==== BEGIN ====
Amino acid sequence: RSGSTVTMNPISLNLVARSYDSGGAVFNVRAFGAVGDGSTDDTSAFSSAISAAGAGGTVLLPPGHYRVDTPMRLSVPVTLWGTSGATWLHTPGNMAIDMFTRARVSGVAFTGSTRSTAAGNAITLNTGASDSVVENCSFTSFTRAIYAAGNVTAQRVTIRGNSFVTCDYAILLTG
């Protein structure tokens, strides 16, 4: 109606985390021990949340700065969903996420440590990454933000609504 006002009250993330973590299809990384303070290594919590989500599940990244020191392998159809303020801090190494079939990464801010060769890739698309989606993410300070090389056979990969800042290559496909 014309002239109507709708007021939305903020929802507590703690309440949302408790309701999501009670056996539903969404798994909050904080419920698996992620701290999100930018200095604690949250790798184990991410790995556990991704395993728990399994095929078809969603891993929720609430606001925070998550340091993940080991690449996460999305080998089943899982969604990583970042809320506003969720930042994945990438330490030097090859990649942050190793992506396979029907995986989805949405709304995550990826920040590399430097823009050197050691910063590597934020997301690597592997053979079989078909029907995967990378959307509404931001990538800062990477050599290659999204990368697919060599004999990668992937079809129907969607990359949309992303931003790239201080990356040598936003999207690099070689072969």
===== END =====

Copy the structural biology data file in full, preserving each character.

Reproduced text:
Amino acid sequence: RSGSTVTMNPISLNLVARSYDSGGAVFNVRAFGAVGDGSTDDTSAFSSAISAAGAGGTVLLPPGHYRVDTPMRLSVPVTLWGTSGATWLHTPGNMAIDMFTRARVSGVAFTGSTRSTAAGNAITLNTGASDSVVENCSFTSFTRAIYAAGNVTAQRVTIRGNSFVTCDYAILLTG
């Protein structure tokens, strides 16, 4: 109606985390021990949340700065969903996420440590990454933000609504 006002009250993330973590299809990384303070290594919590989500599940990244020191392998159809303020801090190494079939990464801010060769890739698309989606993410300070090389056979990969800042290559496909 014309002239109507709708007021939305903020929802507590703690309440949302408790309701999501009670056996539903969404798994909050904080419920698996992620701290999100930018200095604690949250790798184990991410790995556990991704395993728990399994095929078809969603891993929720609430606001925070998550340091993940080991690449996460999305080998089943899982969604990583970042809320506003969720930042994945990438330490030097090859990649942050190793992506396979029907995986989805949405709304995550990826920040590399430097823009050197050691910063590597934020997301690597592997053979079989078909029907995967990378959307509404931001990538800062990477050599290659999204990368697919060599004999990668992937079809129907969607990359949309992303931003790239201080990356040598936003999207690099070689072969």